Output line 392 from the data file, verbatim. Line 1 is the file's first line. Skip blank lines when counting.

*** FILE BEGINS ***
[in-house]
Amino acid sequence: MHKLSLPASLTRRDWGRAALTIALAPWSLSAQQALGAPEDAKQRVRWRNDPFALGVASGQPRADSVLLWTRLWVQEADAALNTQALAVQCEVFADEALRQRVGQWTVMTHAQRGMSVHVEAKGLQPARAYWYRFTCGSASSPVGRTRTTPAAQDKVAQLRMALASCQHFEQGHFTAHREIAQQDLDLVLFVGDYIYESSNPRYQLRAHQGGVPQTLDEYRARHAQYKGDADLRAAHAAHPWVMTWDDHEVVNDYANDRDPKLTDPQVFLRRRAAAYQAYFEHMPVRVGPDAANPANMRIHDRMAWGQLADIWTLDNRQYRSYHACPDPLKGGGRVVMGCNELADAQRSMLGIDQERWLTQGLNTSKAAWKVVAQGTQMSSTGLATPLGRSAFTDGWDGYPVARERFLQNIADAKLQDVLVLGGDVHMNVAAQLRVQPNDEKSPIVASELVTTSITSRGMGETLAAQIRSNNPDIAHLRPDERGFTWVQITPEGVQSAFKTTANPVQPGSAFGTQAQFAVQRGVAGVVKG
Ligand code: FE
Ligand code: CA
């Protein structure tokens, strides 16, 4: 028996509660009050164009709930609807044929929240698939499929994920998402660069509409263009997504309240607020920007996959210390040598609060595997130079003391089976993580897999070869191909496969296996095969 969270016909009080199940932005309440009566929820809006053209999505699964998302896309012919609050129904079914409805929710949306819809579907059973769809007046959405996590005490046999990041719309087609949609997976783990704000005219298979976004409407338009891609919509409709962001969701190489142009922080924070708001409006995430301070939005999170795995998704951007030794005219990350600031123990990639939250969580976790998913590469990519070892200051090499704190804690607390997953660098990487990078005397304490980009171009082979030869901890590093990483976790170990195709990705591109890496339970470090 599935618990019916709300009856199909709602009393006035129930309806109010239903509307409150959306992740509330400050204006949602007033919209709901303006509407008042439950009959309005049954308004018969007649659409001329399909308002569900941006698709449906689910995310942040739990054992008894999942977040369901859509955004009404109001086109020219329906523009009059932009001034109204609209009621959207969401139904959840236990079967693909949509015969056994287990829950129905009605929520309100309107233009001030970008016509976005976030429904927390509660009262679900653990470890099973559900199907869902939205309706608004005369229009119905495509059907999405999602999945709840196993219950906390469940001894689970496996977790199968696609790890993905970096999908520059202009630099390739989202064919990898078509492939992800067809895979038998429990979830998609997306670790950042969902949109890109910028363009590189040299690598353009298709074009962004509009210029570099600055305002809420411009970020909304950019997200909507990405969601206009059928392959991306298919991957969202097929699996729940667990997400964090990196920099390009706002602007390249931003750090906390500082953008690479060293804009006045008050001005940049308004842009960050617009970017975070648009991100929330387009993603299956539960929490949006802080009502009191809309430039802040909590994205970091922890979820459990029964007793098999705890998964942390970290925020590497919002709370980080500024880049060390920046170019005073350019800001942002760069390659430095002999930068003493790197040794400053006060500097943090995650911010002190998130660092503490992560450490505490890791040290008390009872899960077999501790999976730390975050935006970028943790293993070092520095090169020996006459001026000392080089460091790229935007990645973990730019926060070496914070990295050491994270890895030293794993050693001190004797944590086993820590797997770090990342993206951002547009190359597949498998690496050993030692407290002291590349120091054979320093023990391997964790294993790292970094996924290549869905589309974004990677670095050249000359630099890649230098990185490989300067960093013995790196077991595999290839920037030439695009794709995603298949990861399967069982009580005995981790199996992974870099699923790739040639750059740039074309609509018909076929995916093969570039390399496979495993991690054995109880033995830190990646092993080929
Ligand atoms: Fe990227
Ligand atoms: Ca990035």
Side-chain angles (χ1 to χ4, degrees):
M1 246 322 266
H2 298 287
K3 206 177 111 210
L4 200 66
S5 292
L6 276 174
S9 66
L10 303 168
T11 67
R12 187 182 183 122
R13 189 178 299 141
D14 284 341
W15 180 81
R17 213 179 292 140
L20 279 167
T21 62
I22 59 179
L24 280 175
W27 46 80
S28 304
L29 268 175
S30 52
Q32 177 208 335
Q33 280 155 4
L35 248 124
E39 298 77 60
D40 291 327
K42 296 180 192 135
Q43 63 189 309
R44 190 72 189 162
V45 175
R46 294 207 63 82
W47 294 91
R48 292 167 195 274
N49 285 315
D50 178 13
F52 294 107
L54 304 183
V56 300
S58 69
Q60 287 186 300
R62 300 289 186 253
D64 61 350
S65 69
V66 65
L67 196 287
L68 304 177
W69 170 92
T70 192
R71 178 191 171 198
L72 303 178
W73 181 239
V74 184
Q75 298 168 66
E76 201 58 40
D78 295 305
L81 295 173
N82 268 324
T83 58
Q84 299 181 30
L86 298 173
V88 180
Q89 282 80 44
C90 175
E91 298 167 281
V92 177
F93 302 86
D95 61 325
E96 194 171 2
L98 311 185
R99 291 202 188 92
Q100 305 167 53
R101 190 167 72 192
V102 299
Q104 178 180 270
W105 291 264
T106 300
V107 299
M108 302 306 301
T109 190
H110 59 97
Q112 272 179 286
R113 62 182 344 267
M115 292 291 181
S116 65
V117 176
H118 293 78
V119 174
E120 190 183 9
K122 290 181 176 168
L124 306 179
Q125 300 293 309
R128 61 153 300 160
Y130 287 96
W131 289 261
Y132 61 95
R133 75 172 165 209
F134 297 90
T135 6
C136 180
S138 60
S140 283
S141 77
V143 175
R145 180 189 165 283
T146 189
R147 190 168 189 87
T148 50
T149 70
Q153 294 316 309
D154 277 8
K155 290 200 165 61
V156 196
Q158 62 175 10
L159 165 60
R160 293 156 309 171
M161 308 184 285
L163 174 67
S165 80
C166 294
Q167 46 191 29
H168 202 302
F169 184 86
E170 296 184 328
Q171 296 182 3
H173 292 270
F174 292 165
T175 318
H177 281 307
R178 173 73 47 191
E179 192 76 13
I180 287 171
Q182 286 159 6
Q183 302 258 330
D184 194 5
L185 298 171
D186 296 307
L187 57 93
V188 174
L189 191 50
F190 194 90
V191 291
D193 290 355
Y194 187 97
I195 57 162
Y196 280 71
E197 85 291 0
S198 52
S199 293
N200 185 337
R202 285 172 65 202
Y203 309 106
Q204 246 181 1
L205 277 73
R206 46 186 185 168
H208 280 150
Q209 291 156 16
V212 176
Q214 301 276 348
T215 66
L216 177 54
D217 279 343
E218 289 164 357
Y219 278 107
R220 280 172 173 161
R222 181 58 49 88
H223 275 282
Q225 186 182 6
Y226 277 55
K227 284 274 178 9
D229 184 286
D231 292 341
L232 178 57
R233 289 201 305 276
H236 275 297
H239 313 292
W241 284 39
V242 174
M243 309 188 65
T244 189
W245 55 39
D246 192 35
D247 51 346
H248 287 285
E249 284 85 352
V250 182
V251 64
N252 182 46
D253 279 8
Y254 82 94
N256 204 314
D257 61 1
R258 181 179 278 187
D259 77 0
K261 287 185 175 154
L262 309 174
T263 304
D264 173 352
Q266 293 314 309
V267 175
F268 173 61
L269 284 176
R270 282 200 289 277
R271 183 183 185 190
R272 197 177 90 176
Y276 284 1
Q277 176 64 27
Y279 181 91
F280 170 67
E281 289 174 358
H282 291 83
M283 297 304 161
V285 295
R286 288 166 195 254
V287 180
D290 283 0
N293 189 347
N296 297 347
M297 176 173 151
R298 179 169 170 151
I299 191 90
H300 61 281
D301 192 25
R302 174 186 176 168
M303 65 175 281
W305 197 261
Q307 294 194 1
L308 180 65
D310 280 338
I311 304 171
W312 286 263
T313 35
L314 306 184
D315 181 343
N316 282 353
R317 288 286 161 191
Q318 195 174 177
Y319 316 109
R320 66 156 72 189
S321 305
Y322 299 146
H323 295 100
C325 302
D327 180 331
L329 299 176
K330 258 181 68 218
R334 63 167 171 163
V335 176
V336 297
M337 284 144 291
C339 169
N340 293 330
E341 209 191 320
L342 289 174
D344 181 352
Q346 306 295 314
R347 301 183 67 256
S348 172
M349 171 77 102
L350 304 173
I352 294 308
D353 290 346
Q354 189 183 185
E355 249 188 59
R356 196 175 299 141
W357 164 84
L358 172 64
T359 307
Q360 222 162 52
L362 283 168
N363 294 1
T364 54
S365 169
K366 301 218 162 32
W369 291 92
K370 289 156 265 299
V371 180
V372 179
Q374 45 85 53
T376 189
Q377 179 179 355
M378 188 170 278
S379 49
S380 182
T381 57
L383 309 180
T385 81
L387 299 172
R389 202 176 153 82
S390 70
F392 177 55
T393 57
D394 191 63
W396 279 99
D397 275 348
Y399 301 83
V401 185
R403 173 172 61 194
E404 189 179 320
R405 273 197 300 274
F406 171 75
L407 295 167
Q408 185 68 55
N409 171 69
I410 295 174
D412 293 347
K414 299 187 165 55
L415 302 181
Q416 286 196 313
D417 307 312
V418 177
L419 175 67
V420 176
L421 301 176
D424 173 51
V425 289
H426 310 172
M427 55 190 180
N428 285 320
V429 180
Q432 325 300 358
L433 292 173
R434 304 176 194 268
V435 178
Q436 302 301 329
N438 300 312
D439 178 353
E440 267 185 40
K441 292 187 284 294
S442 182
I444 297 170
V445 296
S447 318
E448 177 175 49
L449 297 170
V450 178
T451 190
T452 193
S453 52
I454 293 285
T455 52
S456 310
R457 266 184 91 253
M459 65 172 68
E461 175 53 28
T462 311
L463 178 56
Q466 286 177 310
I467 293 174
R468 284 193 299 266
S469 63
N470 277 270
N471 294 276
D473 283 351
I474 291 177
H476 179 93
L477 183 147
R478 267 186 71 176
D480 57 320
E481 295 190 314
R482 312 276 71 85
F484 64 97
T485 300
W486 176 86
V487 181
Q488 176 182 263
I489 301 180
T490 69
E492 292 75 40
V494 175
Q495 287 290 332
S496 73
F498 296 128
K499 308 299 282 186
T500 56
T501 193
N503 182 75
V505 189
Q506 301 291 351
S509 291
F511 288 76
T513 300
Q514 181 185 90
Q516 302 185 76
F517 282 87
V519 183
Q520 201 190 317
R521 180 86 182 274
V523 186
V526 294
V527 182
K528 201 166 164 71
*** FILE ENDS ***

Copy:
Q516 302 185 76